Oncology Nurse, Colleen Poirier, RN, OCN shared a story with me recently that I believes highlights a brilliant albeit simple intervention for empowering patients who are researching their diagnosis/treatments online or taking in information from television news or ads.
Clinicians know that some of this information may be useful, but some may inspire false hope, misinformation, or simply not be appropriate for a particular patient. It can be tricky to not be defensive or dismissive when patients bring new or alternative ideas to us and I thought Colleen’s approach was great.
She explained that when a patient references ideas etc. that they’ve found from other resources, she responds with an encouraging, “… bring the information in so that the physician and their healthcare team can see if/how it might be helpful for YOU.“ She doesn’t judge the patient or the resource and I imagine this to be quite validating as opposed to a nurse who might say, “You can’t trust everything you hear on TV” or “Your doctor is a board certified oncologist and will recommend the best treatment for you”.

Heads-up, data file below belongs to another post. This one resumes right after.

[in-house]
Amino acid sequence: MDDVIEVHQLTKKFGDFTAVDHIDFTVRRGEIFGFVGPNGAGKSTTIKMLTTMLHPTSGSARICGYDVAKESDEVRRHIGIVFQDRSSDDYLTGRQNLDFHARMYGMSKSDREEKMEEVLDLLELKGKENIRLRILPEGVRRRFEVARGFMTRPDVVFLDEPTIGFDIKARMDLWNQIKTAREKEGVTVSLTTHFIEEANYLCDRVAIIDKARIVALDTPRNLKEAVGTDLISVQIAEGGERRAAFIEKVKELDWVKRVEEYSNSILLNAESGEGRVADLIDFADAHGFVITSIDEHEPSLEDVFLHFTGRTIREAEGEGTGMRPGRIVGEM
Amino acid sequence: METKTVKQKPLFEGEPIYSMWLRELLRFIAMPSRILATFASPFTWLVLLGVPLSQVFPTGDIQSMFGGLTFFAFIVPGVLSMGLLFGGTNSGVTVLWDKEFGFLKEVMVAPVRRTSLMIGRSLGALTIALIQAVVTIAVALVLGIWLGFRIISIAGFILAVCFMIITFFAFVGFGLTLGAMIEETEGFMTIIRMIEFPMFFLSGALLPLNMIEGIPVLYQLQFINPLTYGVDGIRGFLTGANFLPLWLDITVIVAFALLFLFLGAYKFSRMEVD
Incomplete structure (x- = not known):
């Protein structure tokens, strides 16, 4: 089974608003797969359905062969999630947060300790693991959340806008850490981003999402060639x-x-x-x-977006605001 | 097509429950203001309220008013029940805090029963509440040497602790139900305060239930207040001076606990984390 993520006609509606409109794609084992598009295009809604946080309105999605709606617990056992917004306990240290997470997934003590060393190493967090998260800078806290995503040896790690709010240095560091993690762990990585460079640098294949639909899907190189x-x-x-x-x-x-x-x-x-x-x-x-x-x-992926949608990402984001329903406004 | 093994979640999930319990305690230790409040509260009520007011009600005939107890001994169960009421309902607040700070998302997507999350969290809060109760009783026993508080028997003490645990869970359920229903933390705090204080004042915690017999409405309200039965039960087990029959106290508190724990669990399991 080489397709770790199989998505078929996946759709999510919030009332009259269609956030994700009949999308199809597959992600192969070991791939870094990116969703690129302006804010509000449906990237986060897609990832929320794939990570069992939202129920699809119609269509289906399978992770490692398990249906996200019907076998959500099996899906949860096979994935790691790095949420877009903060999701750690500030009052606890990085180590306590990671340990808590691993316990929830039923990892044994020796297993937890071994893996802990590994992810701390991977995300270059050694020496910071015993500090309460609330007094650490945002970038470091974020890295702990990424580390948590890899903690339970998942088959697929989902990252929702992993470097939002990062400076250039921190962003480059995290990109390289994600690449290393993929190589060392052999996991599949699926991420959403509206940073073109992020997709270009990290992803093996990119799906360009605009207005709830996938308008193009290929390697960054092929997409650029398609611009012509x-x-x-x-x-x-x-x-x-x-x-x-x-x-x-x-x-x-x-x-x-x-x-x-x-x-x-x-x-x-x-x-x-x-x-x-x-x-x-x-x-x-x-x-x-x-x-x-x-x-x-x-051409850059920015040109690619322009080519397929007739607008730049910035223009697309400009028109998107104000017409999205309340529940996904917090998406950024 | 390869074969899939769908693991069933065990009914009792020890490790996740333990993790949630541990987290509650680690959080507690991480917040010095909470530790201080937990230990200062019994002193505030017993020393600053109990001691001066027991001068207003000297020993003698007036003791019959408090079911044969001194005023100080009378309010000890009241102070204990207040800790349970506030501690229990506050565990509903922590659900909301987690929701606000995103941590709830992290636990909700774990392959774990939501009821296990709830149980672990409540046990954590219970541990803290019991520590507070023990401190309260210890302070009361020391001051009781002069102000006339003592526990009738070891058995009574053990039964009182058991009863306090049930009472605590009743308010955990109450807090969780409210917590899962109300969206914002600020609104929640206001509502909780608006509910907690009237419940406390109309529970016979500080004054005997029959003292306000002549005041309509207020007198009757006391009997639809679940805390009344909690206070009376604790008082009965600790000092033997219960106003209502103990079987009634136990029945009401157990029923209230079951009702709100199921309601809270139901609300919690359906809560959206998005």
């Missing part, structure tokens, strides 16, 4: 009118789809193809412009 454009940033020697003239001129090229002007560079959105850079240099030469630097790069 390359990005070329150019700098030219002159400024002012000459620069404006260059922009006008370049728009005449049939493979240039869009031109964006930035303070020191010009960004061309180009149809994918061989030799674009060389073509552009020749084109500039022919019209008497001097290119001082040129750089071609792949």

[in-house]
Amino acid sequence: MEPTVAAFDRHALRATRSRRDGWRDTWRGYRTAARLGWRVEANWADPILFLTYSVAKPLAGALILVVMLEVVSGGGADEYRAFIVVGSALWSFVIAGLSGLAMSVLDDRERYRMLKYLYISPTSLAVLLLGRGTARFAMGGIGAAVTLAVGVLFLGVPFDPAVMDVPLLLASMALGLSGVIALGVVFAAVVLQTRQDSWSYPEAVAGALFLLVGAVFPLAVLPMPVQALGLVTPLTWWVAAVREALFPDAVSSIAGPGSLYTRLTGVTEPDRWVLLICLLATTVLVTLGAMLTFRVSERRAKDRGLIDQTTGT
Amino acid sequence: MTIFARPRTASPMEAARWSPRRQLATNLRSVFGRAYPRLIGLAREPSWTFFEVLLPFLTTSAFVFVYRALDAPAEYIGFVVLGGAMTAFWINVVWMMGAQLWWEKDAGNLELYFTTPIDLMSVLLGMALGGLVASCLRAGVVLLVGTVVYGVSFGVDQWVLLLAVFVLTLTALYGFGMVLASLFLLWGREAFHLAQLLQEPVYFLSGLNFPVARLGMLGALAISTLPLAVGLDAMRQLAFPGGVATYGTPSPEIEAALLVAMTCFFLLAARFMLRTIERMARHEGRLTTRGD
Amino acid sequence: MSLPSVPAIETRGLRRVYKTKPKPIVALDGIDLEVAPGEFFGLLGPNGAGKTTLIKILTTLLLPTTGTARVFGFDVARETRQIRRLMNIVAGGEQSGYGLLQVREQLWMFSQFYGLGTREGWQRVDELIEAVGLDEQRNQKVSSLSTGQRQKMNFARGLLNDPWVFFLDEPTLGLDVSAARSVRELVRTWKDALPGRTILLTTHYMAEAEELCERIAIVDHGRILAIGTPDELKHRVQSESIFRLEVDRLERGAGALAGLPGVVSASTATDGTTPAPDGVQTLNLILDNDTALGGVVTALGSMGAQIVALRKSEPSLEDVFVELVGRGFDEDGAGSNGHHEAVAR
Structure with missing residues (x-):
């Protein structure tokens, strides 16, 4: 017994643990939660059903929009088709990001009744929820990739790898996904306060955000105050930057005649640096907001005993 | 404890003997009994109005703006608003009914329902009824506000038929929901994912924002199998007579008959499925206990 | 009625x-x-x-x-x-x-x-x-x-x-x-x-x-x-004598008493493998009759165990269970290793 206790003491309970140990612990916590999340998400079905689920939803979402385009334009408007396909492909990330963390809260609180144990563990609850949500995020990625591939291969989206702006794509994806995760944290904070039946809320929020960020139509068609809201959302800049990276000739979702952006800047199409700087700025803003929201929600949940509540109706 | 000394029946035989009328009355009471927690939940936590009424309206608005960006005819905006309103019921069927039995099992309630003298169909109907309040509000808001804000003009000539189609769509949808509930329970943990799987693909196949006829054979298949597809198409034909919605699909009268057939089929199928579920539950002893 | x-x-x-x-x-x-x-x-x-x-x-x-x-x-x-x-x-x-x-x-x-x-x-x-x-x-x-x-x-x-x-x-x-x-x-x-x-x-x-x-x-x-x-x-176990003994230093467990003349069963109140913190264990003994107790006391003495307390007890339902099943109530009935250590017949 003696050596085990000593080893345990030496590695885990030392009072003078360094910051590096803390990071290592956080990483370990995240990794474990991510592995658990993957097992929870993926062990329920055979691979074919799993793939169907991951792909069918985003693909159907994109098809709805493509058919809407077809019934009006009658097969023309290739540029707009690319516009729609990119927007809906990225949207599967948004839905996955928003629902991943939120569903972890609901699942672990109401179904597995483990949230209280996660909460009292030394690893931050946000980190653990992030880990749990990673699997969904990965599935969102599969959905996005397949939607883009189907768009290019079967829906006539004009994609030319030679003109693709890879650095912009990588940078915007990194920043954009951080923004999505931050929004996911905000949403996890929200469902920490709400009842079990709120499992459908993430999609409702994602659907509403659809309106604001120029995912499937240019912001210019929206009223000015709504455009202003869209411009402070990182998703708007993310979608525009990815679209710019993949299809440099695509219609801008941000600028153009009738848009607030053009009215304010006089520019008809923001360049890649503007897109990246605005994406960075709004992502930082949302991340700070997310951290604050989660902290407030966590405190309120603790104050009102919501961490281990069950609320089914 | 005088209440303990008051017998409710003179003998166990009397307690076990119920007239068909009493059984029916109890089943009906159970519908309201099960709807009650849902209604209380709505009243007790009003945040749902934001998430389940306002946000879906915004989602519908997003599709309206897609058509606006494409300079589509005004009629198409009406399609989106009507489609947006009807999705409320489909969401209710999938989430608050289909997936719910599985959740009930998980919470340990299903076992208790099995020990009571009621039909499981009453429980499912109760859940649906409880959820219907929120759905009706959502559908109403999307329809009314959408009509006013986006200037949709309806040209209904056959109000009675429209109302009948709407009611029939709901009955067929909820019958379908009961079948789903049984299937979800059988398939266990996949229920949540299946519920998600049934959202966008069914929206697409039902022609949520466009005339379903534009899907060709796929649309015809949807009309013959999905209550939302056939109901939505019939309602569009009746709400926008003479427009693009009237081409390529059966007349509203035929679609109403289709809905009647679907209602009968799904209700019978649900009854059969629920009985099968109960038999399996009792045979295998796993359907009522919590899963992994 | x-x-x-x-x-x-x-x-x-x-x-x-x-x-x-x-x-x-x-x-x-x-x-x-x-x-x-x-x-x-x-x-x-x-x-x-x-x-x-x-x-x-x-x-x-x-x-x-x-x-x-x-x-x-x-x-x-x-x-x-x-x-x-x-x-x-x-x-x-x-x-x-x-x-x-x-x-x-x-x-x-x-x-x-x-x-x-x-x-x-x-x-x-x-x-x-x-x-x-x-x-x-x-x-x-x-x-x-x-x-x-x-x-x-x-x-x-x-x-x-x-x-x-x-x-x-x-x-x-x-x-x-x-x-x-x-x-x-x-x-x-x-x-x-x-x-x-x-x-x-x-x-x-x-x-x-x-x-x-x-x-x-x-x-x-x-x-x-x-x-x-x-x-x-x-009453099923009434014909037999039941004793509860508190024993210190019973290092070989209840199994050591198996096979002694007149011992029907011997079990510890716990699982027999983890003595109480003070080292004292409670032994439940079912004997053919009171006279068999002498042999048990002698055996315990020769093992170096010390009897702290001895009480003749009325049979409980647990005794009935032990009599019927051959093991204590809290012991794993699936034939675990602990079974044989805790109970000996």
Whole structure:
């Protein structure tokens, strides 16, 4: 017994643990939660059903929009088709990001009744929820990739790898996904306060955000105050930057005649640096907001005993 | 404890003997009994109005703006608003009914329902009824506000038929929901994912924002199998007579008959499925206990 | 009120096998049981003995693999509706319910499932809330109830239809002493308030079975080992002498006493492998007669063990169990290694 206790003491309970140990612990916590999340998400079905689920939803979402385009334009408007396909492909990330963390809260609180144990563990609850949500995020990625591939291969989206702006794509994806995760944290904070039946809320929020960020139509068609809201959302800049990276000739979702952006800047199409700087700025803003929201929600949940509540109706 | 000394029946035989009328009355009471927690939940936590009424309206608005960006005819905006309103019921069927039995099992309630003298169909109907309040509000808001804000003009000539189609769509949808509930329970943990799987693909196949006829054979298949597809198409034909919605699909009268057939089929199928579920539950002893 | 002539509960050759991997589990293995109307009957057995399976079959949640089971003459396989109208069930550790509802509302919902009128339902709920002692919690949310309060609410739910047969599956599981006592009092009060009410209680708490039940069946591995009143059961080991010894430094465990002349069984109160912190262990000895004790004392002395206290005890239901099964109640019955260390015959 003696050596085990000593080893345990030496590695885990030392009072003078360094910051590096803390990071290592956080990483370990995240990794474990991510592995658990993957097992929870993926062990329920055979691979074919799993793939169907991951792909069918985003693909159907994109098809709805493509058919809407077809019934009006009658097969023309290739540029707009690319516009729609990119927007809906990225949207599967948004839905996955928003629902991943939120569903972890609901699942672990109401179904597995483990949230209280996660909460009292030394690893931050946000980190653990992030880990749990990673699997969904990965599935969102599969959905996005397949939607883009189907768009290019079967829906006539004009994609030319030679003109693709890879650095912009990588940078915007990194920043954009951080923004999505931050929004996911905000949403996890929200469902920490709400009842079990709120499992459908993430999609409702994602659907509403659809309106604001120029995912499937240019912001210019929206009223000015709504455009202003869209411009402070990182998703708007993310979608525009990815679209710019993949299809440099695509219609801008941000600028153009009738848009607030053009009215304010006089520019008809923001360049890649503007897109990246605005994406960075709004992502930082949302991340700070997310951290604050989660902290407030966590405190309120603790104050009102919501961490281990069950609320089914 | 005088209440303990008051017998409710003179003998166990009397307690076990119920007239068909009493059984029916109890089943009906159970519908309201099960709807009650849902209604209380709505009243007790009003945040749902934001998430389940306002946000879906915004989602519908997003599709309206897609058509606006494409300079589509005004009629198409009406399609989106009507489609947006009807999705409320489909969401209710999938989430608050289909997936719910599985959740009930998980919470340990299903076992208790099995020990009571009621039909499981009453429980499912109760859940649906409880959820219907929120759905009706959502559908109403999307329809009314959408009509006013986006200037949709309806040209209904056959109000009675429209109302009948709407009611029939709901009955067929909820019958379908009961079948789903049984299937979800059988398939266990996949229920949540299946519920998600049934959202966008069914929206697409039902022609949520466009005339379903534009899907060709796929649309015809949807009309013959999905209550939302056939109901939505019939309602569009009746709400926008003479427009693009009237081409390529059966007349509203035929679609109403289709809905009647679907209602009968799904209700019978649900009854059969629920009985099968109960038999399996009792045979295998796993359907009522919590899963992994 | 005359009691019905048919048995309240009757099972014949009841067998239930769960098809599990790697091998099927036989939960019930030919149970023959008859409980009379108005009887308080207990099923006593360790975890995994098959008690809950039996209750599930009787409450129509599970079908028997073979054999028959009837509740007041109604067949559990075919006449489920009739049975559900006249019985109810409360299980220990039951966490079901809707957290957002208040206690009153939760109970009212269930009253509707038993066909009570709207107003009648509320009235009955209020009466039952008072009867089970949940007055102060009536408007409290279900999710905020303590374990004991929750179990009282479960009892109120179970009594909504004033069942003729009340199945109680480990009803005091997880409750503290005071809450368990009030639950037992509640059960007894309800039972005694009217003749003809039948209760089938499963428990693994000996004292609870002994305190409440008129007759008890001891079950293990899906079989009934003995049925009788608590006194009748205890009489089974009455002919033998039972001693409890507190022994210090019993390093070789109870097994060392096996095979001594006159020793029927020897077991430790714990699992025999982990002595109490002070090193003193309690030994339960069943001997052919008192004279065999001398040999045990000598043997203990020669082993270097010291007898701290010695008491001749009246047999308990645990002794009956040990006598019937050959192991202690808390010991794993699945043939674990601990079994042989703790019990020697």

In this way Colleen invites the patient to participate in their care while maintaining the role of oncology expert status for herself and the physician. While collaborative and patient-centered, this approach remains grounded in the medical and nursing science that informs clinical practice. Colleen is listening respectfully, willing to admit that the patient may have information valuable to their care that she/they don’t, and sets the stage for further teaching and learning.
I suspect Colleen’s patients:
Feel heard and cared for
Require a little more time
Trust her and her team
May have outcomes that are impacted positively in measureable and immeasurable ways
Worth the time? I say “YES”.
Reminds me of Tony Salerno’s approach in this popular post, “I’m Dr. Salerno, but Please Call Me Tony!”
Colleen was one of the nurses who helped create the “Interruption Awareness“” Video!